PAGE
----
By Kevin Meyer
Last week I started a discussion post in the Lean Six Sigma LinkedIn group on Gemba Academy's latest featured video showing the morning executive standup meeting at my old company, Specialty Silicone. I had started the morning meetings years ago, and my successor has added some really interesting daily accountability components to it. The meeting works very well to ensure daily discussion and progress.
I've been rather amazed at some of the comments to the post in a lean-oriented group, with many suggesting that the stand up meetings are a waste of time, or that technology-oriented solutions should be used instead of in-person meetings with whiteboards and Post-It notes. I'm not against technology – in fact I'm one of those geeks that will often stand in line to get the latest. But there's a place.
I've seen many companies start the daily five minute meeting because they hear it is great, then after a couple weeks they change it to every two days or once a week. It immediately fades away into non-existence. It takes time and discipline to stick with it.
Similarly I've seen many companies try to transition from handwriting numbers on a whiteboard to typing numbers into a computer so they are displayed on electronic boards. Seems to be an improvement, but the learning and understanding that accompanies handwriting goes away, and soon they become "just numbers" instead of something meaningful. I recently wrote about the power of writing by hand.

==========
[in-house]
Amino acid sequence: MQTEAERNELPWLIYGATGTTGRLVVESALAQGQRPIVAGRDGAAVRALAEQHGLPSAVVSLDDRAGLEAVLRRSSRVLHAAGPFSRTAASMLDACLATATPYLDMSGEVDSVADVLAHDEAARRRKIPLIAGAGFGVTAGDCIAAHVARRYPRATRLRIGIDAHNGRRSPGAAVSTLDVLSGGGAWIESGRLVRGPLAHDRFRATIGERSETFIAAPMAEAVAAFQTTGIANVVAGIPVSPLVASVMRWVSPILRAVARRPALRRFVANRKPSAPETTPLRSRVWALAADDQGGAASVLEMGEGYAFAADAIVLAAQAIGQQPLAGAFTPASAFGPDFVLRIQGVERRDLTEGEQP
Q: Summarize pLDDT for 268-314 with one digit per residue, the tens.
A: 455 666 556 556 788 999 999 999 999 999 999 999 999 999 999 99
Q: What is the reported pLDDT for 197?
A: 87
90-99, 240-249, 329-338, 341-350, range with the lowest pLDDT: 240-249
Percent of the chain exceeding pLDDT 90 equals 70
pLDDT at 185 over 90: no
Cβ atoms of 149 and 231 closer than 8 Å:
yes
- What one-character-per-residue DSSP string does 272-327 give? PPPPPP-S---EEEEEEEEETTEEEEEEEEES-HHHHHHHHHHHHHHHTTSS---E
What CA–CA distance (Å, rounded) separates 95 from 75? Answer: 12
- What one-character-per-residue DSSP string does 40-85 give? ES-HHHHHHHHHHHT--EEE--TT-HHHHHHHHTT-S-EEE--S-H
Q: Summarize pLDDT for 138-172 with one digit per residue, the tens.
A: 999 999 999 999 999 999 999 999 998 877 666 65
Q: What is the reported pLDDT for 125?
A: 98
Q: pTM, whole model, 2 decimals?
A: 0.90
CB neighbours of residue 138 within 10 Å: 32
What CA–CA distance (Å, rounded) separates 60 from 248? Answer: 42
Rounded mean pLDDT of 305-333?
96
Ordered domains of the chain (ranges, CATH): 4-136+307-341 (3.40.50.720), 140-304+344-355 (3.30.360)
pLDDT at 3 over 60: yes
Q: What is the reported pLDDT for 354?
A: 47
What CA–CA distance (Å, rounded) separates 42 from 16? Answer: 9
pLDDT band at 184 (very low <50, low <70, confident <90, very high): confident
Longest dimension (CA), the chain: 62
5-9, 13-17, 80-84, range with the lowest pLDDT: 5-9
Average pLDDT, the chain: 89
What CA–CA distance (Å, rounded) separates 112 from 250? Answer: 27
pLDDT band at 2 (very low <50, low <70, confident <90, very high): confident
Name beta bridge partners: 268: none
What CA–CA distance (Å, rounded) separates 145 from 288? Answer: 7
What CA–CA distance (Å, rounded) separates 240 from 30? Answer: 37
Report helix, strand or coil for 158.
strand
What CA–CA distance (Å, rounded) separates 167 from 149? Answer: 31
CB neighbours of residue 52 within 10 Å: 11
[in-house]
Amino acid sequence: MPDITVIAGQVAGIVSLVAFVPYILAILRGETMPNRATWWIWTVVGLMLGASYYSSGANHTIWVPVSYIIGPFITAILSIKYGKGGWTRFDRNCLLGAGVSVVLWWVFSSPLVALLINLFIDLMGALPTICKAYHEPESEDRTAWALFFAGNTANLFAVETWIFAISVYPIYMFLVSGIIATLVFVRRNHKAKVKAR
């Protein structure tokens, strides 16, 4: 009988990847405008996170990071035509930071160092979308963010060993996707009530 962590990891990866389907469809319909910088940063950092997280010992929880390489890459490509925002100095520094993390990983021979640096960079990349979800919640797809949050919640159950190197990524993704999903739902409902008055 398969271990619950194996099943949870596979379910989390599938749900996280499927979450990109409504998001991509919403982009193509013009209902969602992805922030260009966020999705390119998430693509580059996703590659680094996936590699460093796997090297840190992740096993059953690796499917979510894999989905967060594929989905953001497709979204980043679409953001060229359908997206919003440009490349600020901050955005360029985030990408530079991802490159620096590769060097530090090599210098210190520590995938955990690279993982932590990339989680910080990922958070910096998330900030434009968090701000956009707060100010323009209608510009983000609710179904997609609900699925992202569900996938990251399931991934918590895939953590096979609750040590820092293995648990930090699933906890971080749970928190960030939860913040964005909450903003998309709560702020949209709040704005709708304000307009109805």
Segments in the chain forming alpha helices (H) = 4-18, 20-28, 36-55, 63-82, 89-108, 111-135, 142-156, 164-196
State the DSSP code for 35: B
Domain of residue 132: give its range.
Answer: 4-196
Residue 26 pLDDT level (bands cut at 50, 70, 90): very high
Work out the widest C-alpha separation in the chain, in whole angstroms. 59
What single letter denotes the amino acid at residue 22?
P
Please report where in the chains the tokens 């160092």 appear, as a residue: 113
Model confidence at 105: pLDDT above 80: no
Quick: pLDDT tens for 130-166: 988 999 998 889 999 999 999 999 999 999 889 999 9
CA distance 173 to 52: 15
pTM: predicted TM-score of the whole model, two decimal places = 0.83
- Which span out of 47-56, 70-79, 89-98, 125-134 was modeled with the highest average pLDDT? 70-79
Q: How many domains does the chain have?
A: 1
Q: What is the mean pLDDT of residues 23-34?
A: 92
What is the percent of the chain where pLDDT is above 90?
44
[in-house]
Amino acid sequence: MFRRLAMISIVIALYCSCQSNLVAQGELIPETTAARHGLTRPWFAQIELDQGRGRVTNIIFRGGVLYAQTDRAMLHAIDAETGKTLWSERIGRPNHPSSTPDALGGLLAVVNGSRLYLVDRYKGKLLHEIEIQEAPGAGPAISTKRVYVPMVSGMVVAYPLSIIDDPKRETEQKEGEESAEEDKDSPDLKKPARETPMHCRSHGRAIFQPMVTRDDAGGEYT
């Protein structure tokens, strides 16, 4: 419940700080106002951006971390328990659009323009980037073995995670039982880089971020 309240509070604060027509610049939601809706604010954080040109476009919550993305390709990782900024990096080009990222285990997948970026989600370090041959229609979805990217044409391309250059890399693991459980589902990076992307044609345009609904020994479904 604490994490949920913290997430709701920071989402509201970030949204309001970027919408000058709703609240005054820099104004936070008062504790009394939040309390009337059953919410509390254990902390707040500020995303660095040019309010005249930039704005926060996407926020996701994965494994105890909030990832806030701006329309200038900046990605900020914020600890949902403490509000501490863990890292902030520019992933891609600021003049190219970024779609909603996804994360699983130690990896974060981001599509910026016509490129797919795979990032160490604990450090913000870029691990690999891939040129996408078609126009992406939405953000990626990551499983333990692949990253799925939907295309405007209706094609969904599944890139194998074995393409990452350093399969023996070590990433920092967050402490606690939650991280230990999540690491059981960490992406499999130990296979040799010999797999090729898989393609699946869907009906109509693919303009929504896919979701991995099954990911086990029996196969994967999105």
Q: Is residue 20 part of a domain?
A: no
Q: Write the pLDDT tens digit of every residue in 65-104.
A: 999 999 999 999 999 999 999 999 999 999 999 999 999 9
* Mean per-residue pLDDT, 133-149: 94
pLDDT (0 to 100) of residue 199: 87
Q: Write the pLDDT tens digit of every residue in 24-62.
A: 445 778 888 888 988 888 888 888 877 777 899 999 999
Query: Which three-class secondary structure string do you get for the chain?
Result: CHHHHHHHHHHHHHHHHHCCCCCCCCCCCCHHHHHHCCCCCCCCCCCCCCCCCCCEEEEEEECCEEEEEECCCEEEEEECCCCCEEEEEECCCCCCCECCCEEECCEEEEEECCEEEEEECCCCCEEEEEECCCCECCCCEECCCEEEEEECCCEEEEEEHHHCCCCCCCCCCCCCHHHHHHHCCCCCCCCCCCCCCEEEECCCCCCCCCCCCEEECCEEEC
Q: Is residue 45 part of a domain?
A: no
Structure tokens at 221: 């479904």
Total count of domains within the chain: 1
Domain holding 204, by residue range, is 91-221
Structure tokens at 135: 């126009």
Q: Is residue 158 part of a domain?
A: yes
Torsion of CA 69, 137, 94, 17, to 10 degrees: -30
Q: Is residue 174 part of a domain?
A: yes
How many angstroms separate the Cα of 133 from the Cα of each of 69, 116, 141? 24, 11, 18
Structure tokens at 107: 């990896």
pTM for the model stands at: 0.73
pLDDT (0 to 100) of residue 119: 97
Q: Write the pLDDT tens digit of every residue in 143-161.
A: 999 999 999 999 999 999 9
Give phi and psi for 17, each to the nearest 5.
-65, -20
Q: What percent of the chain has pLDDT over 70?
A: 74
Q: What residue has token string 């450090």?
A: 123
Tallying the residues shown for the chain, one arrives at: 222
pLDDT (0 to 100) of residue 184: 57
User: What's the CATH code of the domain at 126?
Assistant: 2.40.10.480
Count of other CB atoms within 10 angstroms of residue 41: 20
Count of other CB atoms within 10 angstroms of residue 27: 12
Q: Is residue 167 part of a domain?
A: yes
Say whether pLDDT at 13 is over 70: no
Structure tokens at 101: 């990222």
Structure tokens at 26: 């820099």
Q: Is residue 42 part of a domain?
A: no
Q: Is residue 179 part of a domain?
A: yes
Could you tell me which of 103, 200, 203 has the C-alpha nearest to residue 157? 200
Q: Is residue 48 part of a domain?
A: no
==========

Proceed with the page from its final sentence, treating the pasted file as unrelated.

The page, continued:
Perhaps one analogy is why and how Zen Buddhism teaches mindfulness – intentional awareness. Sometimes you need to simply slow down and really sense and understand your surroundings. One exercise is washing dishes by hand, taking the time to really feel each dish and understand the movements and process. You notice things like small chips and discolorations in the dishes, which you usually wouldn't when just loading a dishwasher. Applying such mindfulness leads to improved creativity and focus – exactly what we often need in business environments.
That's very similar to the issues that come up in an in-person five minute standup meeting. After finishing the regular agenda, almost invariably everyone says they have nothing more to discuss, then someone mentions something minor. That minor issue turns into a deep discussion of a previously unnoticed underlying problem, leading to awareness and improvement. Almost every time. That's what you capture and act on, which a computerized database with data entered remotely wouldn't provide.
Don't forget the value and power of the human element, the manual element, and becoming aware.